Schallié: “There is no Wiedergutmachung, there is no Versöhnung, no reconciliation. Even the title But I Live could be misinterpreted to be heroic – it is not. It is actually a matter-of-fact statement: Emmie says: “I remember that I was going to die […] But I live”. If there is any message from Emmie in the book, it is to live well, don’t waste your life.

In this project, we stayed away from creating a heroic narrative, although, oftentimes, there is pressure to do that. We tend to use the past to serve the needs of the present. We need the past to tell us a story – we oftentimes instrumentalize it by using it for contemporary issues, we weaponize it. In a project like this we are very mindful of the power and language of visual propaganda. We say: just let the survivors have their say. Just let them speak, without overburdening them with what we need from them.”


Image 4: Barbara Yelin, Emmie Arbel. Die Farbe der Erinnerung © 2023 Barbara Yelin, Reprodukt.


With segments such as these, renowned graphic artist Barbara Yelin makes the impact of the past on the present clearly tangible. The intertwining of past and present forms a central theme in her latest graphic novel Emmie Arbel. The Color of Memory. The graphic novel revolves around the life of Emmie Arbel, who was born in The Hague in 1937 into a Jewish family and spent part of her childhood from November 1942 to April 1945 in several German transit and concentration camps in the Netherlands and Germany. Her experiences of the Holocaust as a child have been featured in the graphic novel But I live, published in 2022 as part of a previous interconnected research project.[i] Unlike its predecessor, The Color of Memory narrates Arbel’s entire life, stressing how life of a child survivor continued after the Holocaust. Impressively, Yelin weaves together a wide range of themes, including life in Israel, motherhood, sexual violence, and the continual impact of childhood memories on later life. As a result, the book is much more than the story of a survivor: it captures life in all its complexity.

The Color of Memory, now available in French and German and released in English next fall, is part of a research project initiated by Germanist and historian Charlotte Schallié. I spoke with Yelin and Schallié during an online interview on a spring evening about this significant book.

Barbara Yelin: “I thought about how I could show the contemporaneous presence of memories, and how the experience of her memories breaks into Emmie’s everyday life. I experienced this while listening to her: we are together, and then suddenly there is a deep memory that comes in.”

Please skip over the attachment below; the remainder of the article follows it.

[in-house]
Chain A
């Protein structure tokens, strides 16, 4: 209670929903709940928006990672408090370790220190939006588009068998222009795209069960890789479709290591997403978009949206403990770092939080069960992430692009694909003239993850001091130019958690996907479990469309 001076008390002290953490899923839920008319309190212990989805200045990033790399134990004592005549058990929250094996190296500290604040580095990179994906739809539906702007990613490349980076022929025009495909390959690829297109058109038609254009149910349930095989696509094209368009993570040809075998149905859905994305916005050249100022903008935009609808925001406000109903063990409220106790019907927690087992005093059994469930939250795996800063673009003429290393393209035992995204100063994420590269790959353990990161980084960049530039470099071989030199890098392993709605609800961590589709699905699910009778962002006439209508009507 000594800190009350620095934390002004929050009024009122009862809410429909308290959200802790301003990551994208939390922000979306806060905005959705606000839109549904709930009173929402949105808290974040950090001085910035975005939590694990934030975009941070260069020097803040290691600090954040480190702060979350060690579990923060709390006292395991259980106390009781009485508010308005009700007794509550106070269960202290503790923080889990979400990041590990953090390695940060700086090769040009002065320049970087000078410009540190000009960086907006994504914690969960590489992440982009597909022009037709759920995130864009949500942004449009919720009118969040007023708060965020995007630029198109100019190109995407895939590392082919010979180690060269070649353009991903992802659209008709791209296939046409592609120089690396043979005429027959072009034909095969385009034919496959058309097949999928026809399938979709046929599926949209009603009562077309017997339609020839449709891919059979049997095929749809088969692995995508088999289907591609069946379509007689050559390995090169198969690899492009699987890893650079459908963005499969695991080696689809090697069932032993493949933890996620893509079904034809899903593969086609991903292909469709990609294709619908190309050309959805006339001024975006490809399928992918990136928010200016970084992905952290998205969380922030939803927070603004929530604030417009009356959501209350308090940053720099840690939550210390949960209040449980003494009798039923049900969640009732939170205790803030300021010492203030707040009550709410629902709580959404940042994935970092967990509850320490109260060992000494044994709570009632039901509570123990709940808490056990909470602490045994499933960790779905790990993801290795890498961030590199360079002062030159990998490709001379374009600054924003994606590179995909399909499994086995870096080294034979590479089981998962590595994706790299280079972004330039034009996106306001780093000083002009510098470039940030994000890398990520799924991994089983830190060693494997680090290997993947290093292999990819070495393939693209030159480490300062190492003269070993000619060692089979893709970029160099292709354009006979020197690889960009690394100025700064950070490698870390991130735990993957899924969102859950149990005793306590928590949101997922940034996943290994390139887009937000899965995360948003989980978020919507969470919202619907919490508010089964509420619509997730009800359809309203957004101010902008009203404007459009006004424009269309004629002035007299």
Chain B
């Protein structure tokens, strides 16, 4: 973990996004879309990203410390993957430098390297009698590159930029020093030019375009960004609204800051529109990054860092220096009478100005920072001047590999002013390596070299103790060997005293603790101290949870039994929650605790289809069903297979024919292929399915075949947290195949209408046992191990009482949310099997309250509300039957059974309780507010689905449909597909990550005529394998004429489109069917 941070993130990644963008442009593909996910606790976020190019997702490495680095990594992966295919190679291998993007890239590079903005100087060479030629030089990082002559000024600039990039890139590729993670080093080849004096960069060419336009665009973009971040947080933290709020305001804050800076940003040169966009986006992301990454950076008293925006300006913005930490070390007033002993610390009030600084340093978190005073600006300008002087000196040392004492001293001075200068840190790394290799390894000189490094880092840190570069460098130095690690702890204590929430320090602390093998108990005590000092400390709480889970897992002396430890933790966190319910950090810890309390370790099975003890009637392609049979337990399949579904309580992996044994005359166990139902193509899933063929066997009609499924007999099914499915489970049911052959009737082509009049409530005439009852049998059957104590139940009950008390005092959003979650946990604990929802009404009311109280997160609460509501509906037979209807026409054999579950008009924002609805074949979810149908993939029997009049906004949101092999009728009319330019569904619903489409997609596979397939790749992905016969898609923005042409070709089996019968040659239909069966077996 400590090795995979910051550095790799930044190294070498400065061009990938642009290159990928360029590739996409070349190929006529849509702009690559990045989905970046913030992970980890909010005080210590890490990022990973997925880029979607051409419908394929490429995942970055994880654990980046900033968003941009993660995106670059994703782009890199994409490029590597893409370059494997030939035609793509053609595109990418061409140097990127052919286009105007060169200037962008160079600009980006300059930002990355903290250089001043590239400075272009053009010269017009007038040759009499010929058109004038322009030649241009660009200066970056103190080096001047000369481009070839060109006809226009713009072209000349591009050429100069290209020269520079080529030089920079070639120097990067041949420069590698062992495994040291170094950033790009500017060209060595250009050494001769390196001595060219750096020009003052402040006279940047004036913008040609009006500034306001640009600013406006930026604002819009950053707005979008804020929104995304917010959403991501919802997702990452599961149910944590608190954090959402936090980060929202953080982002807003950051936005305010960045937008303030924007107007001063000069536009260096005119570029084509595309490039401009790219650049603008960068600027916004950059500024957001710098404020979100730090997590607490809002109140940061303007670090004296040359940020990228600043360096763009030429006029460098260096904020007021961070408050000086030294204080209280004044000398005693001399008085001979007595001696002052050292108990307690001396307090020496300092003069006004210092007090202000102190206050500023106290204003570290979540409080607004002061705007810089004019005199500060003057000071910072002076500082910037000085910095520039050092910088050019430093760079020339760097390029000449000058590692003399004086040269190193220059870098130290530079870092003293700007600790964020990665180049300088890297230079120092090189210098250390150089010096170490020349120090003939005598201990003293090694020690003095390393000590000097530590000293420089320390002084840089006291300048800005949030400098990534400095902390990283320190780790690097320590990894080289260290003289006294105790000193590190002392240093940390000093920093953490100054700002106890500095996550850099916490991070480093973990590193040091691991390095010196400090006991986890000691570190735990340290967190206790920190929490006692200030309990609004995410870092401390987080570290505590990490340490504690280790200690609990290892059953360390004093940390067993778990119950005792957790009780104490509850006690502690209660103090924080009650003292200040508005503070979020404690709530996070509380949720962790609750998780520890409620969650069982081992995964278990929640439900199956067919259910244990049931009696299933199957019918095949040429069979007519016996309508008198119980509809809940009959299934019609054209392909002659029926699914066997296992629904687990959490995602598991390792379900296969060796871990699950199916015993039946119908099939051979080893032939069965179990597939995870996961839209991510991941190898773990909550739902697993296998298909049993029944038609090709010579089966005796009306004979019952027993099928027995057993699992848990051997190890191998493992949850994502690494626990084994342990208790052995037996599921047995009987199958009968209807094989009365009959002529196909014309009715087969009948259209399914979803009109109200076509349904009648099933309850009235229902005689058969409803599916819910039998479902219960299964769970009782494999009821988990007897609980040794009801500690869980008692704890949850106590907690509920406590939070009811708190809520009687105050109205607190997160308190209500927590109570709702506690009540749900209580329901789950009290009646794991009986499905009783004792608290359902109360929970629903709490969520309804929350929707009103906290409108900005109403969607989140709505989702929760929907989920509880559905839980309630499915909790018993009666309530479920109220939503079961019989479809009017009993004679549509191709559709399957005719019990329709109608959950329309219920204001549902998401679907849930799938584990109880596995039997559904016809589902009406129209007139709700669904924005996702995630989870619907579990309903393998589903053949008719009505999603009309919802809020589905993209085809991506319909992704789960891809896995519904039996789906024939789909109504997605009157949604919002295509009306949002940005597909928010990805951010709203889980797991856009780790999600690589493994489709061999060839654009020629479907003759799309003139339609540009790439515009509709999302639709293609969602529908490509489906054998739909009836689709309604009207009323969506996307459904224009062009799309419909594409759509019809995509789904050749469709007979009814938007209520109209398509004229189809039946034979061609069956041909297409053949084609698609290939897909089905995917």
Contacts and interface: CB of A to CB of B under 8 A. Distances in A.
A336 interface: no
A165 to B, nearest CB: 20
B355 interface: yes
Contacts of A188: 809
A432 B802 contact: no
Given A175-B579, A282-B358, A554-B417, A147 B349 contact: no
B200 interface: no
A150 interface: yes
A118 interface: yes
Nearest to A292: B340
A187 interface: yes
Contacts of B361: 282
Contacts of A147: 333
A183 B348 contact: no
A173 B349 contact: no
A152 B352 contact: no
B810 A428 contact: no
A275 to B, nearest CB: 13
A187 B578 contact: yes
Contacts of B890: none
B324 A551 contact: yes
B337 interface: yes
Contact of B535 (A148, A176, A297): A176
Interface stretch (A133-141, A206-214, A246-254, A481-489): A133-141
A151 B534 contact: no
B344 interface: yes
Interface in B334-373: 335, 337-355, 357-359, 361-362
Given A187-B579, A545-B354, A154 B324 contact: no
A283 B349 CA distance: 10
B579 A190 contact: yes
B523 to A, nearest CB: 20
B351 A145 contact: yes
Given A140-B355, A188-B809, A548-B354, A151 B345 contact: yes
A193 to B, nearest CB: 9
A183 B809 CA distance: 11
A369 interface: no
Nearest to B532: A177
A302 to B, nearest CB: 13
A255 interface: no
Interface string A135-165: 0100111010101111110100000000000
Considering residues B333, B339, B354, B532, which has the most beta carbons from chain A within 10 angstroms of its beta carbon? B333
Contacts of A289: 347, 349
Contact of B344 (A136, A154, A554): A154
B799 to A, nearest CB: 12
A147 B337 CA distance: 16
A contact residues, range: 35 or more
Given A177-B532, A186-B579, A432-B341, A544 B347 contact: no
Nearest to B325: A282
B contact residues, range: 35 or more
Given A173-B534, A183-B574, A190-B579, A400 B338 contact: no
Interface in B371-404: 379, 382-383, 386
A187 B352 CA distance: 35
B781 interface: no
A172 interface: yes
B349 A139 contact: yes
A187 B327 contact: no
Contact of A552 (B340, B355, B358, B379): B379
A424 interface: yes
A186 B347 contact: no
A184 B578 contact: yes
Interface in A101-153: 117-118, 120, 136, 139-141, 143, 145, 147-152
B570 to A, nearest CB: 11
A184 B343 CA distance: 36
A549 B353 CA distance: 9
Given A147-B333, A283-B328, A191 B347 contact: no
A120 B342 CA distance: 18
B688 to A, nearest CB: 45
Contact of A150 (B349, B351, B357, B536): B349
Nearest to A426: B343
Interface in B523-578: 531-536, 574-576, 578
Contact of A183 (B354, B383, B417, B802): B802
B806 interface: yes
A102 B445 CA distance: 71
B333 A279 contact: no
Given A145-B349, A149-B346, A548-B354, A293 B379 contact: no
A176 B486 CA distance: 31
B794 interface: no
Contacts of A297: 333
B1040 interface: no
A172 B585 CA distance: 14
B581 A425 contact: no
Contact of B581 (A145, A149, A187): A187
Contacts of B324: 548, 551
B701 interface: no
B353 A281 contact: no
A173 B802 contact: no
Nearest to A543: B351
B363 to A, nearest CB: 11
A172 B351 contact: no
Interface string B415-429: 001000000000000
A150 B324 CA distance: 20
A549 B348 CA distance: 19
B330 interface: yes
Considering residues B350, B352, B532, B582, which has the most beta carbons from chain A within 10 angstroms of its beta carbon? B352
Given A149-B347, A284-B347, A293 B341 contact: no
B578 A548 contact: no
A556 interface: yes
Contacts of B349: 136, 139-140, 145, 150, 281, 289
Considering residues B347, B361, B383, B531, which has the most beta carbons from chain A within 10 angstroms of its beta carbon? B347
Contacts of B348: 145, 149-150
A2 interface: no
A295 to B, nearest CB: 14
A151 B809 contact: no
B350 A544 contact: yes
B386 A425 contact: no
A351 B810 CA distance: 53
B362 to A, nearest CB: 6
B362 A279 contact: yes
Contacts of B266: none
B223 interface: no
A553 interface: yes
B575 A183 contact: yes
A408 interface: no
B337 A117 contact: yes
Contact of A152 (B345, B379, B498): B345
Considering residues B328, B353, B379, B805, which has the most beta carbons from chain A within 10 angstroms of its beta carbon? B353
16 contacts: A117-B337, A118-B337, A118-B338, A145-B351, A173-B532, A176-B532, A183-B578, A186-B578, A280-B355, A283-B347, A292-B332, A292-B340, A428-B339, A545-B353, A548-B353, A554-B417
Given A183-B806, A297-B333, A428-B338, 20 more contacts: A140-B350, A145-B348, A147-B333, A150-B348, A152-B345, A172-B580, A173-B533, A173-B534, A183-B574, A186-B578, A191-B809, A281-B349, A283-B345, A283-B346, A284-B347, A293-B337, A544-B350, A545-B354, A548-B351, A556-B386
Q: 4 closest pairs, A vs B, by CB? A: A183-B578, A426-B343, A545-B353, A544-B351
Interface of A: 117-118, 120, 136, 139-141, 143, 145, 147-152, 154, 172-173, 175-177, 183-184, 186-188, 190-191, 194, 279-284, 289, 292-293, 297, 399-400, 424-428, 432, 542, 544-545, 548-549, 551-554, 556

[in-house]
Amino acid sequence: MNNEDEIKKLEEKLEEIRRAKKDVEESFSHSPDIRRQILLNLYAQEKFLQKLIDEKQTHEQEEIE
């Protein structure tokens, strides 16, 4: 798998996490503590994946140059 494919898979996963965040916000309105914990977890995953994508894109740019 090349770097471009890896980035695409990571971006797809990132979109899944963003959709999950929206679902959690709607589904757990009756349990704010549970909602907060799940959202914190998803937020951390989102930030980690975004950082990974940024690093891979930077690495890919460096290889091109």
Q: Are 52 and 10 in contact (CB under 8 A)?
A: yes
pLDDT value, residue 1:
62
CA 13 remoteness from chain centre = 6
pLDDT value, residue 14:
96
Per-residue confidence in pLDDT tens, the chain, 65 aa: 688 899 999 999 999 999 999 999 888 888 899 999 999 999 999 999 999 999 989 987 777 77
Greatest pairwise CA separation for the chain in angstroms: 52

How did you figure out how to translate this contemporaneous presence of memories into your drawings?

Yelin: “This is really something I thought about. How tight can I intertwine these layers of time? It was a challenge to do that, because I did not want to explain it by writing: ‘okay, now we go back to 1942’ – the reader needs to experience it.

Part of achieving this was a technique where I had pieces of the panels of the comic like pieces of a puzzle. I would have pieces of her memory in the form of statements she made during conversations, or in the form of historical photographs and documents, and photographs from her now. Then, I would ask myself: how can I combine these pieces, this puzzle of memory?”

Yelin: “It took more time than I expected. It was not just the question: ‘Emmie, what are your memories of the Holocaust?’ –  it was a conversation about a whole life. This book could only happen because of our many conversations. Emmie was so generous to give me this time. This was also important because some specific decisions took time with Emmie. Sometimes it took a while before she could say: ‘Okay Barbara, now I know I want to tell this period of my life, because it is part of it’. Or: ‘Barbara, I remembered something more’.

We spoke about many details. Every second month or half a year Emmie would receive a new version of the story board and we would speak about it. This is what makes a drawing a special way to communicate. Drawing is about very specifically looking at things, encouraging you to be mindful and attentive in the moment. When I draw something, new questions about the subject I am drawing at that moment come up. Questions I did not even know I would have before. I gathered these questions, and would ask them to Emmie. With her answers, I renewed my drawing, after which the whole process would repeat itself. This dialogue would result in more questions than she had had before as well.”

You mean that new questions came up with Emmie about her own experiences and memories once you showed her a drawing you made?

Yelin: “Yes. There are questions she and I would not think about before. What was the temperature? What did you wear? Had there been people in the room? Was there a guard? Did you sit on the floor? How many layers did the bed have? Was it dark outside? And of course: what did you feel?”